It was the first of many exploits to color the career of Wild Bill Hickok, who became known as a notorious gunfighter and lawman.  He also served in the Union Army as a teamster, scout, and spy.  He is most well-known for being the first to kill a man in a “quick-draw” gun duel, and to this day his estate is payed royalties by the makers of every bad Western movie, as he is known to have copyrighted and trademarked the encounter in a moment of astounding entrepreneurial foresight.  The remainder of his exploits, however, are beyond the scope of this particular article.  For now we shall leave it being that, on this day exactly 150 years ago, Wild Bill Hickok shot a man in cold blood, and became an American Hero.

Everybody’s Favorite Heathens

Alright everyone, listen up.  It’s time for yet another Rerun, and you know what that means:  I will spend the next few hours slaving over a hot keyboard trying to bring a little knowledge and historical perspective to my ultra-modern, technology-, television-, and pop-culture-obsessed friends and countrymen.  So here it is, today’s episode!

Everybody’s Favorite Heathens

Starring: Bjorn, Alrik, Alfgeir, Harald, Gunnar, Floki, Leif, Ingvar, and of course…Bjorn (the other Bjorn)

[Cue music] Wagner’s Ride of the Valkyries (of course!)

[Fade in] on a scenic, small tidal island off the coast of Northumbria, England.  The island is surmounted by a small abbey, founded roughly 150 years prior by an Irish monk named Aidan.  Despite the fact that the island is located off the northeastern coast of Britain, today the sky is blue and there is a fair wind from the east.  Summer, such as it is in these parts of the world, has arrived.  The other thing that has just arrived is, or rather are, several long wooden ships with square sails, many oars, and fearsome dragons carved into the prow.  Bearded, fierce-looking men walk the decks, fingering axes and surprisingly long swords.  Round wooden shields are slung at their backs and mounted to the sides of the ships, affording the oarsmen some protection from archers.  Their conical iron helms are significantly lacking in any sort of curved, horn-like objects.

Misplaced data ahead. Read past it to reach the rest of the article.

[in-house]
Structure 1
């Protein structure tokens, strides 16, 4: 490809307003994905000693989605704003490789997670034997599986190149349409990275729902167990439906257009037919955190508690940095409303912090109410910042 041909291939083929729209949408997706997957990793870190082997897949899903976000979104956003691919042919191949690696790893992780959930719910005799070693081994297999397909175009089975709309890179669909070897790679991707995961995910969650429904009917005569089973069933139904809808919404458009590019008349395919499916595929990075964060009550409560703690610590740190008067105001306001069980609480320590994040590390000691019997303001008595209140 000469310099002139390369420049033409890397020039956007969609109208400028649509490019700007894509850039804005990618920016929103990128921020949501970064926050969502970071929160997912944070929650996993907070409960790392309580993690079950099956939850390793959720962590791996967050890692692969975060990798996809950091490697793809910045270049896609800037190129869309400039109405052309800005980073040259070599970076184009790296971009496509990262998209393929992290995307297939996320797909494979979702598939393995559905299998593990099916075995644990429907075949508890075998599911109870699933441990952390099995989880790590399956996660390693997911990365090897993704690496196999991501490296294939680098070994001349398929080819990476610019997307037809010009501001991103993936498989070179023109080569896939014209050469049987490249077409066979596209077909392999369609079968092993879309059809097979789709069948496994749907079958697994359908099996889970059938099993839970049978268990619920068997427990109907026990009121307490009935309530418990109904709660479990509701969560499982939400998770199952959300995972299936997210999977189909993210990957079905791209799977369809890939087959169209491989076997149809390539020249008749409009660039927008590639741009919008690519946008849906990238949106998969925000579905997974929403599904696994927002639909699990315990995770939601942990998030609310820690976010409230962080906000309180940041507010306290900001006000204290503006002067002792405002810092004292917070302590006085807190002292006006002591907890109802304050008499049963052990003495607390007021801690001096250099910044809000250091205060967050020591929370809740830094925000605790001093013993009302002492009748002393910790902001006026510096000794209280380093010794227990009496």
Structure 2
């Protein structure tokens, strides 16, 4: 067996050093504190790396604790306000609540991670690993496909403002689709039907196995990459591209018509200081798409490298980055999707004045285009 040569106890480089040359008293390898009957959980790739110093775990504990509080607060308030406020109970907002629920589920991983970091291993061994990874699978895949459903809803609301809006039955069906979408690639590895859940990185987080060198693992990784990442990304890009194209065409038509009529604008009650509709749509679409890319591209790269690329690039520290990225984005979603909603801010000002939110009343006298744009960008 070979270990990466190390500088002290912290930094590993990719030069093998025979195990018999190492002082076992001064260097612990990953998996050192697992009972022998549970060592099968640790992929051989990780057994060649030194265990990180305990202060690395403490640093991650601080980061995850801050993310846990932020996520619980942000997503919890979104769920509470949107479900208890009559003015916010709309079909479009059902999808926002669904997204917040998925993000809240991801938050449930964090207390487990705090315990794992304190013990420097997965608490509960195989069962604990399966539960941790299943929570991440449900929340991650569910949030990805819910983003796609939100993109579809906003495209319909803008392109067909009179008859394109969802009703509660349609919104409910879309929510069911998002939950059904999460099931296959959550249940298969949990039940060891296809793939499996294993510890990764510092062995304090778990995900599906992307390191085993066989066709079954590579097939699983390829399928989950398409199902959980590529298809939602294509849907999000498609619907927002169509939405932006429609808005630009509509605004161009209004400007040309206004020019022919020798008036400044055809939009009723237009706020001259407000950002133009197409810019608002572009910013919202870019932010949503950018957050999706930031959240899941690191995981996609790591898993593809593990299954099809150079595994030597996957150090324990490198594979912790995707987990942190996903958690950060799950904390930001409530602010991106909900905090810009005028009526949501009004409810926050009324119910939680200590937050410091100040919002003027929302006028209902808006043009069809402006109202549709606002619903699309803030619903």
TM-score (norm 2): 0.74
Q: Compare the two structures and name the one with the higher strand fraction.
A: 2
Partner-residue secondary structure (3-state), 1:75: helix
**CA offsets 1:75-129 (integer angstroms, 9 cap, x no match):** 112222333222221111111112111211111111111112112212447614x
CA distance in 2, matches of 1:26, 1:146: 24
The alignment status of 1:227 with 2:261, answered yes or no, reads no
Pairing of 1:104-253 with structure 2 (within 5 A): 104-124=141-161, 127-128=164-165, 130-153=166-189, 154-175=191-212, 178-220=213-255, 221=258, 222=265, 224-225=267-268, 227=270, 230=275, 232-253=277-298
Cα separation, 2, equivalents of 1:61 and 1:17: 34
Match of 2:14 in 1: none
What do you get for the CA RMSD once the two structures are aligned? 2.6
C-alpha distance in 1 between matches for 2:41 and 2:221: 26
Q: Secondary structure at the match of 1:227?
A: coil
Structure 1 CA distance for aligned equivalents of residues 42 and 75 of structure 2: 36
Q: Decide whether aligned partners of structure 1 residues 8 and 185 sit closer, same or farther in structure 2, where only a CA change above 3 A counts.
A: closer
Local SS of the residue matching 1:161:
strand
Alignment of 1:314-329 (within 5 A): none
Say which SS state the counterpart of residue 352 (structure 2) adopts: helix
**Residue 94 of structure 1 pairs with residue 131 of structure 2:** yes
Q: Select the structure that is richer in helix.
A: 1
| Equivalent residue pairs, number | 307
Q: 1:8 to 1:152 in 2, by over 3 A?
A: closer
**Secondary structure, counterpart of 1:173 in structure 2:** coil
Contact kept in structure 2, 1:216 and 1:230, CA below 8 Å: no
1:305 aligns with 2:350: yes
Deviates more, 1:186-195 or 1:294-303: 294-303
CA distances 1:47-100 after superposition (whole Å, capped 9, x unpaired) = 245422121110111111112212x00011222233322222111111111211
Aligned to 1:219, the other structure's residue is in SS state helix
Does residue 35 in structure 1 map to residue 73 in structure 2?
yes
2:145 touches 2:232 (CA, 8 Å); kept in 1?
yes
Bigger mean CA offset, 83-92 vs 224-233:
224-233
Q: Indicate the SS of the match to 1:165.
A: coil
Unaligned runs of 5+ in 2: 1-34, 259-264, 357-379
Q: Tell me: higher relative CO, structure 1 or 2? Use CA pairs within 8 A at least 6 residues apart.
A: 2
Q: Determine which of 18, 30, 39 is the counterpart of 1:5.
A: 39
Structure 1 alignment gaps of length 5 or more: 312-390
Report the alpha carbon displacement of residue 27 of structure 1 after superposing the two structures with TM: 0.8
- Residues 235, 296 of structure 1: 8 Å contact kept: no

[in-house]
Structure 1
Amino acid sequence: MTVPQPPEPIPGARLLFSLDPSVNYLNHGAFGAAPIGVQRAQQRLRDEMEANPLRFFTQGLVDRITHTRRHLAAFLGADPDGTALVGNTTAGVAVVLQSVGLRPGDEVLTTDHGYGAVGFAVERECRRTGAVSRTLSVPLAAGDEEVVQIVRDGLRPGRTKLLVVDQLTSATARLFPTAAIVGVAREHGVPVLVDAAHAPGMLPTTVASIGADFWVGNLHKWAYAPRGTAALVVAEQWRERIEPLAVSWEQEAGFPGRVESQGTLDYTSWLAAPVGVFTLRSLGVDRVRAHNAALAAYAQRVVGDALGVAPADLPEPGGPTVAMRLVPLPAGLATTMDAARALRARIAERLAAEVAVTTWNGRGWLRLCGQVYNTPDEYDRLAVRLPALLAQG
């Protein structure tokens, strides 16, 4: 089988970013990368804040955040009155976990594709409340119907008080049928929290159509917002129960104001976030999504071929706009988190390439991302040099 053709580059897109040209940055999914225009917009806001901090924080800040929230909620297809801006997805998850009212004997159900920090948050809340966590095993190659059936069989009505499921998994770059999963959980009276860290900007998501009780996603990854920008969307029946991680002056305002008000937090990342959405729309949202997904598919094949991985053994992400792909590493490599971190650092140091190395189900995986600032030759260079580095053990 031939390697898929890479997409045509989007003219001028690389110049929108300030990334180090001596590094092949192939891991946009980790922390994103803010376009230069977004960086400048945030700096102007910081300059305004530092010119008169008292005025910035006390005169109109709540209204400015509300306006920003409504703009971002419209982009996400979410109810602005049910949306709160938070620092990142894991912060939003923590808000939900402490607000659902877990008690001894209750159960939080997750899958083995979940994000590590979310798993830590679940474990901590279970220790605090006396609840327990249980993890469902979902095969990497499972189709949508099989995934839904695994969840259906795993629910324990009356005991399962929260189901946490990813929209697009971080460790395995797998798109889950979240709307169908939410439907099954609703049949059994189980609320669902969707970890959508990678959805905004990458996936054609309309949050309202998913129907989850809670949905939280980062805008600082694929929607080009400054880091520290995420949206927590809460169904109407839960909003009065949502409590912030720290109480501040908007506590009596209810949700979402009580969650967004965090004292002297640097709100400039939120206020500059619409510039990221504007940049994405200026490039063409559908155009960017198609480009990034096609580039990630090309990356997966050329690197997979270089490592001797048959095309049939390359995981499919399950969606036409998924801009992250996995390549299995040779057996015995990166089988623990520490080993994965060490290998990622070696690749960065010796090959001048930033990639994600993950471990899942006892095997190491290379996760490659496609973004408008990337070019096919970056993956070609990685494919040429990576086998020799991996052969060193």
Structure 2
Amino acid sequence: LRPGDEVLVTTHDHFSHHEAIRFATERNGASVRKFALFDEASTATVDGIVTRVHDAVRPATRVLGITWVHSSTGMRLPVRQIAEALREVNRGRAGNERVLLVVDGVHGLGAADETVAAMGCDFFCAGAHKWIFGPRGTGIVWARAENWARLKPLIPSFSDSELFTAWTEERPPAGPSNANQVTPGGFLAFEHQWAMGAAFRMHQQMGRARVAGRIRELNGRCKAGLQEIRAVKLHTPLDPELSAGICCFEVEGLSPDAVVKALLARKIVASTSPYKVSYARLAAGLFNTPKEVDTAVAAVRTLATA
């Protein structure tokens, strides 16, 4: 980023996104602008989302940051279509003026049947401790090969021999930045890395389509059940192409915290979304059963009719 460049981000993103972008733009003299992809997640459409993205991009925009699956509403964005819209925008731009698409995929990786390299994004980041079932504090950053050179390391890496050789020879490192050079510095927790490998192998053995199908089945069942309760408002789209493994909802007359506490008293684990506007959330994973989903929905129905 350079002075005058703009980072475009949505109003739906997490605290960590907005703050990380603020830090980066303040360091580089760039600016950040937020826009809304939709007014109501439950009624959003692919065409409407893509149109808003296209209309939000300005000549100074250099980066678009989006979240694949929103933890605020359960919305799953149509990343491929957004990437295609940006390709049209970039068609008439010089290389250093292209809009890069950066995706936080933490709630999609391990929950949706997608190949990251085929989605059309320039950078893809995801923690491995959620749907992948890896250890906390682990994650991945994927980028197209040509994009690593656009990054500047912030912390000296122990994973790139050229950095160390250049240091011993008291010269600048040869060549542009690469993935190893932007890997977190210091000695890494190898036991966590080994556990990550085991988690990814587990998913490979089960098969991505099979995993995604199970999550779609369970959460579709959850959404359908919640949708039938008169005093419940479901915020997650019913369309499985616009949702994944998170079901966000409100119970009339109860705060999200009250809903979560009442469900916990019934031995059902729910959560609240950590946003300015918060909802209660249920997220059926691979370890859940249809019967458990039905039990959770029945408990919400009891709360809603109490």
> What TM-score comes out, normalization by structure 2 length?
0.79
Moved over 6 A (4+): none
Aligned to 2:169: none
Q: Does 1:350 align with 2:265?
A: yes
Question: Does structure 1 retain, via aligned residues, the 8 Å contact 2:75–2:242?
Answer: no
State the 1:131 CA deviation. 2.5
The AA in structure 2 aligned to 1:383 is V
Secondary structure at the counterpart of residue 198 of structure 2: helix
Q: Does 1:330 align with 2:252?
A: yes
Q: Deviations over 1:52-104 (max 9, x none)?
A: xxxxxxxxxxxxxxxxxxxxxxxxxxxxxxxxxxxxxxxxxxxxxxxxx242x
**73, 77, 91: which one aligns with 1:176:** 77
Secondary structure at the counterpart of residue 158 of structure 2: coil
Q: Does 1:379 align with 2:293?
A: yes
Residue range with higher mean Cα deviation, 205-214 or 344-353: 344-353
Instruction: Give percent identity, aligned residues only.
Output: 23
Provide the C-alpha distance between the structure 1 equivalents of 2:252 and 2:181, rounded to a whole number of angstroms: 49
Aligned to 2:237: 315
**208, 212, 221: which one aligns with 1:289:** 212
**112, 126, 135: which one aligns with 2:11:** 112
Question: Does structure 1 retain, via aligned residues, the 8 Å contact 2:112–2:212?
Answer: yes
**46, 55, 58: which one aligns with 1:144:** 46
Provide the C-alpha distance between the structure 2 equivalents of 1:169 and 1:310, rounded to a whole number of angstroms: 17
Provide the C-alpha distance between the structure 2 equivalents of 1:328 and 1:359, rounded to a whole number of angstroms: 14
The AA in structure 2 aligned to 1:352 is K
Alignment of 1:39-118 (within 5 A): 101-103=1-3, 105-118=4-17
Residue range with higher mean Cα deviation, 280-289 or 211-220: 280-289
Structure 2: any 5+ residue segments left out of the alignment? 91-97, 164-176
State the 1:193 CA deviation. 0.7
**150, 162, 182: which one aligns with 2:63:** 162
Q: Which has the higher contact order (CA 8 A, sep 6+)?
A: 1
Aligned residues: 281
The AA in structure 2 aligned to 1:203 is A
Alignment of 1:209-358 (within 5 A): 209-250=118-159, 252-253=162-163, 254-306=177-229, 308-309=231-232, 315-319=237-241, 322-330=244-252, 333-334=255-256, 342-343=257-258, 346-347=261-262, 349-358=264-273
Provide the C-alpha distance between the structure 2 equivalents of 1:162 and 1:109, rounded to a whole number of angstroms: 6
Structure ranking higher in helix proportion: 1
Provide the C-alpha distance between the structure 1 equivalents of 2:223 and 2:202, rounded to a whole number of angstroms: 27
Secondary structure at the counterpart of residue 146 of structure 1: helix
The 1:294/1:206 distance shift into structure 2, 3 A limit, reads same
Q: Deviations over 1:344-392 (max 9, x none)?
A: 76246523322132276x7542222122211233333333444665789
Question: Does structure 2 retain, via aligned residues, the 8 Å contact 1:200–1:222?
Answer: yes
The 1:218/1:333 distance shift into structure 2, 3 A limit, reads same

[Cut scene] to a nearby beach, where one of the longships has just landed.

[Enter, stage right] Bjorn, Alrik, Alfgeir, Harald, Gunnar, Floki, Leif, Ingvar, and Bjorn.

Bjorn:      Hurpdee flurdee blurn, de florgen blorgen bjørg!  (subtitle: “About time we found some dry land.  Now let’s get to the raping and pillaging!”)

Gunnar:     Flurn diggen blurn durn! Ingvar skjurben me fergin.  Scør mergin vjergin!  (subtitle: “I agree!  Ingvar’s starting to give me funny looks.  He needs a women!“)

Ingvar:     Ee skurgee vurgee Viking, ig de flurg!  Bork bork bork bork! (subtitle: “Maybe if you grew a beard like a proper Viking, you wouldn’t look like a woman to me!  Ha ha ha ha!”)

Bjorn, Alrik, Alfgeir, Floki, Leif, and Bjorn:      Bork bork bork!